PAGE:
March 4, 2012 by markstani
The eight short stories that make up Daniyal Mueenuddin’s Pulitzer Prize finalist In Other Rooms, Other Wonders strip bare the class conflicts and contradictions that prop up Pakistan’s crumbling feudal structure, and highlight the hypocrisies of the sleek new money that is rushing in to replace it.
The ageing K.K. Harouni is an eminent Lahore landowner, but his last days are being blighted by a decline in prominence in the face of the new industrialist wealth exemplified by his brother.
Each of Mueenuddin’s inter-linking stories revolves around Harouni, his extended family and those who facilitate their supposedly serene lifestyle, from the humblest servants to the brightest socialites.
In the opening story, ‘Nawabdin Electrician’, a lowly worker at Harouni’s mansion finds ingenious ways to make his pay stretch to feed and clothe his twelve daughters, until a chance meeting underlines the perilousness of his existence.
Mueenuddin delves deep into the lives of these servants and labourers, uncovering a world of ruthless ambition and inherent deviousness, borne out of the sheer desperation of their predicament.
The second story, ‘Saleema’, begins:
Saleema was born in the Jhulan clan, blackmailers and bootleggers, Muslim refugees at Partition from the country northwest of Delhi. They were lucky, the new border lay only thirty or forty miles distant, and from thieving expeditions they knew how to travel unobserved along canals and tracks. Skirting the edge of the Cholistan Desert, crossing into Pakistan, on the fourth night they came to a Hindu village abandoned by all but a few old women. They drove them away and occupied the houses, finding pots and pans, buckets, even guard dogs, which grew accustomed to them. During Saleema’s childhood twenty years later the village was gradually being absorbed into the slums cast off by an adjacent provincial town called Kotla Sardar. Her father became a heroin addict, and died of it, her mother slept around for money and favors, and she herself at fourteen became the plaything of a small landowner’s son. Then a suitor appeared, strutting the village on leave from his job in the city, and plucked her off to Lahore.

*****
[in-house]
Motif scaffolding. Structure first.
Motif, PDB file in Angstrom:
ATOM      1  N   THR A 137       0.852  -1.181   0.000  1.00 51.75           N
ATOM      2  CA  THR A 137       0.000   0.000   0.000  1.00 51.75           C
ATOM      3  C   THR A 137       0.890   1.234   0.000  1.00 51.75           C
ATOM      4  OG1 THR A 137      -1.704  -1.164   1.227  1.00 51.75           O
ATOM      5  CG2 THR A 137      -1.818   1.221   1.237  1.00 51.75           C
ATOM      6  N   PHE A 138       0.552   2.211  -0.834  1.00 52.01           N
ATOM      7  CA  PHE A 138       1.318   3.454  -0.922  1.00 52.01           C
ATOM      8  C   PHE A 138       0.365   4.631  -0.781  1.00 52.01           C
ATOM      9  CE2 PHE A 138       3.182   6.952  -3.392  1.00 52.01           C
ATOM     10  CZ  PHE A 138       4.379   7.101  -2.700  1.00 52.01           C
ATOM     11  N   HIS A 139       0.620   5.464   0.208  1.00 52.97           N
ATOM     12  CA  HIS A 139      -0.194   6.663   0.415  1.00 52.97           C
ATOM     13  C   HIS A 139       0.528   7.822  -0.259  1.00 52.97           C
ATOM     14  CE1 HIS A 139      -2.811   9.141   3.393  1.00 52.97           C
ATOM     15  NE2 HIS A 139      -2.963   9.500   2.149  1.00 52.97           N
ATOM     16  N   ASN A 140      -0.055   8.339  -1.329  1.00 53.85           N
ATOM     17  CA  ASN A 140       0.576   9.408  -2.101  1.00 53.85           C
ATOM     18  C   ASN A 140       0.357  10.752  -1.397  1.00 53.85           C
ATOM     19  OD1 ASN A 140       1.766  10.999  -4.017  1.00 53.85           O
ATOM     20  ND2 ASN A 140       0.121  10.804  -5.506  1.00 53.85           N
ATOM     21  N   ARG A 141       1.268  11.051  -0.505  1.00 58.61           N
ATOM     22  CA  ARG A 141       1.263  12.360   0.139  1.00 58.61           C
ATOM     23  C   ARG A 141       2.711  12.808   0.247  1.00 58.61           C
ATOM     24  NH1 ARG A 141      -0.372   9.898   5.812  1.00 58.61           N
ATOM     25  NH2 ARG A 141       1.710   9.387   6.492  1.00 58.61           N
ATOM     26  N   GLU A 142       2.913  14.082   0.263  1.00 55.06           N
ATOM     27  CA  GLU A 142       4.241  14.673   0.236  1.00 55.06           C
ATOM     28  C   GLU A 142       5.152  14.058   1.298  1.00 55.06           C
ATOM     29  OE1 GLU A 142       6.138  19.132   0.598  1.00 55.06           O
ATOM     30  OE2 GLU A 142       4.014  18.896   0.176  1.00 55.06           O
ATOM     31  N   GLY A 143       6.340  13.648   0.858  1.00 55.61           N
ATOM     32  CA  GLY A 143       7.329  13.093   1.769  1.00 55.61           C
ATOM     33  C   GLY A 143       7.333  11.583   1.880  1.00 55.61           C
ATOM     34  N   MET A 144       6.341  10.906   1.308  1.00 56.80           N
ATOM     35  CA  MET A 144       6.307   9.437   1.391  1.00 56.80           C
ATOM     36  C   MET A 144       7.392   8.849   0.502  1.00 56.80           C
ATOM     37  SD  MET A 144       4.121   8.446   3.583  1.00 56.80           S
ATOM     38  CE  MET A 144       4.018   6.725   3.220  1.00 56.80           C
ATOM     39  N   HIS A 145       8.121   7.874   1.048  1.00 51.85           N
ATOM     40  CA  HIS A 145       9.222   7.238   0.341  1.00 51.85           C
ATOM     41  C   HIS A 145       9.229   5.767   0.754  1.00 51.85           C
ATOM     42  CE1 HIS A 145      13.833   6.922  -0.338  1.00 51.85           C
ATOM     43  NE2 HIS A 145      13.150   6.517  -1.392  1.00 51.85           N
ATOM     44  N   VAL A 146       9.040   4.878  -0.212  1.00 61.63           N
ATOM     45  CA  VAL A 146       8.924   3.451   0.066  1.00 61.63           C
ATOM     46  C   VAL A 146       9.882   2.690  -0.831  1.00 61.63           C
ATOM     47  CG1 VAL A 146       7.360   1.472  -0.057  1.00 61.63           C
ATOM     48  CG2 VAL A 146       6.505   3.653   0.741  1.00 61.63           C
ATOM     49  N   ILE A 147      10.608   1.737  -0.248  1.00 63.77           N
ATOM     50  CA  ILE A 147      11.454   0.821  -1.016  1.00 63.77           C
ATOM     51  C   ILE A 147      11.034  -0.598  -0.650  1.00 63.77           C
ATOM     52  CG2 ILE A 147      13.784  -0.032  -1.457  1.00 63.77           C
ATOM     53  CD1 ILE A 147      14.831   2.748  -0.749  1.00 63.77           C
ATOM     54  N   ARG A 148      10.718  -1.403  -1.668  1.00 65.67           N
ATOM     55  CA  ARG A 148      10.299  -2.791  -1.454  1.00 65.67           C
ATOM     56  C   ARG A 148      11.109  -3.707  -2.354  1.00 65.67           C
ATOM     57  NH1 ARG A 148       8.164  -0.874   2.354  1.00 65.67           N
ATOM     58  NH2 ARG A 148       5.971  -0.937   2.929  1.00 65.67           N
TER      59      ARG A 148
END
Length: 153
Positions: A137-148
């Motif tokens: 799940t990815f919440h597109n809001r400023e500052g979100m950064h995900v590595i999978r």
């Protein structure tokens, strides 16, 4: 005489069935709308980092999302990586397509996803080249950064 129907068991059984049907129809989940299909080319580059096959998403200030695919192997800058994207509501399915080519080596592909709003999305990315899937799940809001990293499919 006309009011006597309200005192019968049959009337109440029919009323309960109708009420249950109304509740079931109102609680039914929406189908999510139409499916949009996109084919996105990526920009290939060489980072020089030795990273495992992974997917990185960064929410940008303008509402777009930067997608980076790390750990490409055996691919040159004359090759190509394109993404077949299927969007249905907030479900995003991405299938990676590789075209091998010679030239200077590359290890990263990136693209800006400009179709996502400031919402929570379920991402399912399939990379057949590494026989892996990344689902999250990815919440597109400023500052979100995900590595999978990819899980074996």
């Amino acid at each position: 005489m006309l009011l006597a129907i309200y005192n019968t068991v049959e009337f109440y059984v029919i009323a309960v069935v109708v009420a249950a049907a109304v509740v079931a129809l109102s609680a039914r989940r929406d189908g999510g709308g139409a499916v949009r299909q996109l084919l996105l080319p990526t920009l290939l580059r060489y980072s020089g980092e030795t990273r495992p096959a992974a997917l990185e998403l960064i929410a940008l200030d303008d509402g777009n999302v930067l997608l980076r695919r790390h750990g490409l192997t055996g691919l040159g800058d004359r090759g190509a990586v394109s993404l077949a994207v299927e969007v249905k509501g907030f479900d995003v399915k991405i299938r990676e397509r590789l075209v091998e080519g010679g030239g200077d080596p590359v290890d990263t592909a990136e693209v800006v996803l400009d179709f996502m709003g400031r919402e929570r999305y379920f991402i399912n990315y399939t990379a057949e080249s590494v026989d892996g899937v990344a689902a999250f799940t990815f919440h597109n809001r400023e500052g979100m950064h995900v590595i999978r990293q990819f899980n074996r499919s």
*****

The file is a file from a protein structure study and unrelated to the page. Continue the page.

As Mueenuddin’s collection develops, the relative squalor of the lives of the feudal servants is quietly nudged aside, as if in recognition of its increasingly obsolete place in modern Pakistani culture. The book begins to focus on the new-rich: from the emerging middle-class to the almost obscene wealth of the Karachi polo set, who summer in London and send their offspring to study at Yale.
If some of these latter stories lack the potency of those earlier in the book, characterized by a wholly unloveable array of pompous wives and their flitting, flirting offspring, they are no less assured.
Mueenuddin’s final story, ‘A Spoiled Man’, pulls the two poles of Pakistani society together quite brilliantly, but it is for its whole that In ‘Other Rooms, Other Wonders’ deserves praise as a rare and evocative insight into a world of which the West knows little, and from which it might learn lots.